As financial institutions shift to a customer centric focus, the importance of data and information in an organization has become more significant (Knox, 2000). Companies need to ensure that they are able to respond to the needs of the customers by delivering products and services that reflect the customer’s situation. This is only achieved by beginning with information that is accurate. Organizations can develop the best products and services, but if customer information is inaccurate, incomplete or worse still multiple versions of a particular customer’s details exist, their ability to respond decreases dramatically and unnecessary rework is required.
Moreover, "information is both a requirement for and a product of virtually every function and application within the bank" (Knox, 2000,p3). Hence we see information emerging as a core strategic asset where banks must seek to reap the value from the asset by managing the information sources, monitoring information application to preserve value and safeguarding the asset (Knox, 2000). Left unattended this can cause significant problems for the organization. For large institutions especially where organizational silos exist, historical barriers have created the problems of redundant and conflicting data, fragmented silos of information, and old and incomplete data sources (Young, 2003). Therefore, when such problems exist, the ability to maintain consistent data quality across the organization is less likely without a form of information management system in place.
In these organizations history has led these silos to collect and hold information that is relevant to their business practices in their own data management systems. Problems arise when attempting to utilize the data where an activity spans functional areas. This is due to the differences in the methods and definitions used by each silo. Business needs necessitate that the information from the disparate silos be available for reuse by other areas of the organization so that the value of the asset is not diminished (Hauch et al, 2005).
These distinct systems contribute to the cost of inaccurate data, which is estimated on a global level to range from under $100 billion to over $600 billion, and that of which is based on customer data only (Daley, 2003). Imagine what the figure would be if it included other aspects of the organization’s information and knowledge spectrum. Information that is poorly managed can result in a decrease in productivity, cash flow, materials, facilities and equipment for those who utilize that information. This is problematic for the organization as these problems will flow on to its customers’ in terms of time and money, and ultimately, dissatisfaction that drives customers away (English, 2005).
As discussed earlier, financial institutions are tackling the value of information and knowledge by creating enterprise stores. However, this enterprise capability is new in organizational terms (arguably less than fifteen years) and has not been subject to a full economic cycle. The first time any business activity is coordinated, a substantial saving is able to be achieved. For example, a re-centralization of IT operations involving a consolidation of data centres for a company yielded savings on infrastructure and other IT services and generated a cost reduction of approximately 10-15 per cent (Hoffman, 2002). The savings were achieved because centralization or coordinated management is able to elicit savings that could not be achieved had the data centres remained decentralized.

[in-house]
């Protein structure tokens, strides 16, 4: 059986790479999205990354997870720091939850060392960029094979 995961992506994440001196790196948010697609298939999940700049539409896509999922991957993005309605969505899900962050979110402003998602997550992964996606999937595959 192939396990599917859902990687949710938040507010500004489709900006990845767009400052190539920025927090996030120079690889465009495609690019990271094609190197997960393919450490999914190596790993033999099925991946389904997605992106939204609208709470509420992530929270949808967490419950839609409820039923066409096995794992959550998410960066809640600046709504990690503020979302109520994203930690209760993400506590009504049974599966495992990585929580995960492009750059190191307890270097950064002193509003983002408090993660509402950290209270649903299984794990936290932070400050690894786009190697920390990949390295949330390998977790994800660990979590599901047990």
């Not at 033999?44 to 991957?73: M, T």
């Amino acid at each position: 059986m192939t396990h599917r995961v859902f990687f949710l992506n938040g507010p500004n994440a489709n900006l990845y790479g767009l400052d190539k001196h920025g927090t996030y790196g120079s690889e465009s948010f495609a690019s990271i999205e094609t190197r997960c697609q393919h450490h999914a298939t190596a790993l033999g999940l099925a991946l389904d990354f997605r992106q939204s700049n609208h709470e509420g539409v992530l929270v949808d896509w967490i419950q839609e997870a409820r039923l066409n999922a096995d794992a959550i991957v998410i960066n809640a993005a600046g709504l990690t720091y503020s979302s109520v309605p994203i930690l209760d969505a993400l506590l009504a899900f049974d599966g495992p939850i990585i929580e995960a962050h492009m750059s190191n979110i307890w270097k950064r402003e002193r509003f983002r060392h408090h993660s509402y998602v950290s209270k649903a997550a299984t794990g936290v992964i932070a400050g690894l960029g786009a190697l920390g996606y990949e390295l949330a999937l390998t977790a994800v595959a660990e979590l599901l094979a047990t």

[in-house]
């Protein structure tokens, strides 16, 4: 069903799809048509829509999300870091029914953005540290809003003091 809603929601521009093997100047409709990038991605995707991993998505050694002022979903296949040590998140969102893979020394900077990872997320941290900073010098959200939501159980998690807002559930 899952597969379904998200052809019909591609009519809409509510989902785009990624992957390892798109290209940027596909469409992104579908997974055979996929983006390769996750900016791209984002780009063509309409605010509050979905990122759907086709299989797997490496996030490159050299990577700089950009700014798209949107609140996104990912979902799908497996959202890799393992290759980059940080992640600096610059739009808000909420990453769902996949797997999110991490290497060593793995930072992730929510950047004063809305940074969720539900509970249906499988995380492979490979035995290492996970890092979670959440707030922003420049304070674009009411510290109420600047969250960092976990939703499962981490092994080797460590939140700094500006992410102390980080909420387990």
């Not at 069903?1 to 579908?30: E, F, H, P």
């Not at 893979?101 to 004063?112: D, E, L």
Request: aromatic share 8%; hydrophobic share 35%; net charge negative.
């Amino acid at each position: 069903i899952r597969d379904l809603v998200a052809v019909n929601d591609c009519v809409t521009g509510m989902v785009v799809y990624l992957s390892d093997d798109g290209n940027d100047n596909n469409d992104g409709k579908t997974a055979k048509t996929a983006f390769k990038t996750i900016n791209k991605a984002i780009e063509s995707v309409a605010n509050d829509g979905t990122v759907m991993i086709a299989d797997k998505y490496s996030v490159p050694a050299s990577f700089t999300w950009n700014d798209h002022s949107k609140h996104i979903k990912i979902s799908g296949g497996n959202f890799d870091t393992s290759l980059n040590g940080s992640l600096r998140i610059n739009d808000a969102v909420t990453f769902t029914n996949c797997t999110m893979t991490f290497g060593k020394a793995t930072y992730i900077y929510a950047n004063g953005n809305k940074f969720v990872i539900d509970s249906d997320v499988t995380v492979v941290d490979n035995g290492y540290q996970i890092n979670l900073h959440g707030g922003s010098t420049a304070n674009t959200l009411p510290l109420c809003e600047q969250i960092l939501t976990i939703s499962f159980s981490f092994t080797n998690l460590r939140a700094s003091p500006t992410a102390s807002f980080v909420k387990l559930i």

Given that centralization is about pulling together a variety of disparate components, essentially the same outcome (10-15% saving) that occurred for the IT re-centralization can be assumed to be applicable to information management. This is not an unreasonable assumption since organiztions hold such extensive amounts of inaccurate data (recall the $600bn previously discussed). The following opportunities to deliver savings should be able to lead to an outcome that is close to that magnitude. It must be noted however that these are not the only benefits that can be achieved by coordinating information, other aspects will also exist.
A system of information management is of critical importance if organizations are to leverage the potential of their information asset. This paper proposed a methodology to test the value of the information and knowledge asset within the organization, and provide a focus for the enterprise on achieving an appropriate rate of return. Through coordinated management it was hypothesized that a 10% saving could be achieved by coordinated management of information on an asset that is at least 20% of the market value of the organisation.
Robert Hillard email: firstname.lastname@example.org:email@example.com
Sean McClowry Email: firstname.lastname@example.org:email@example.com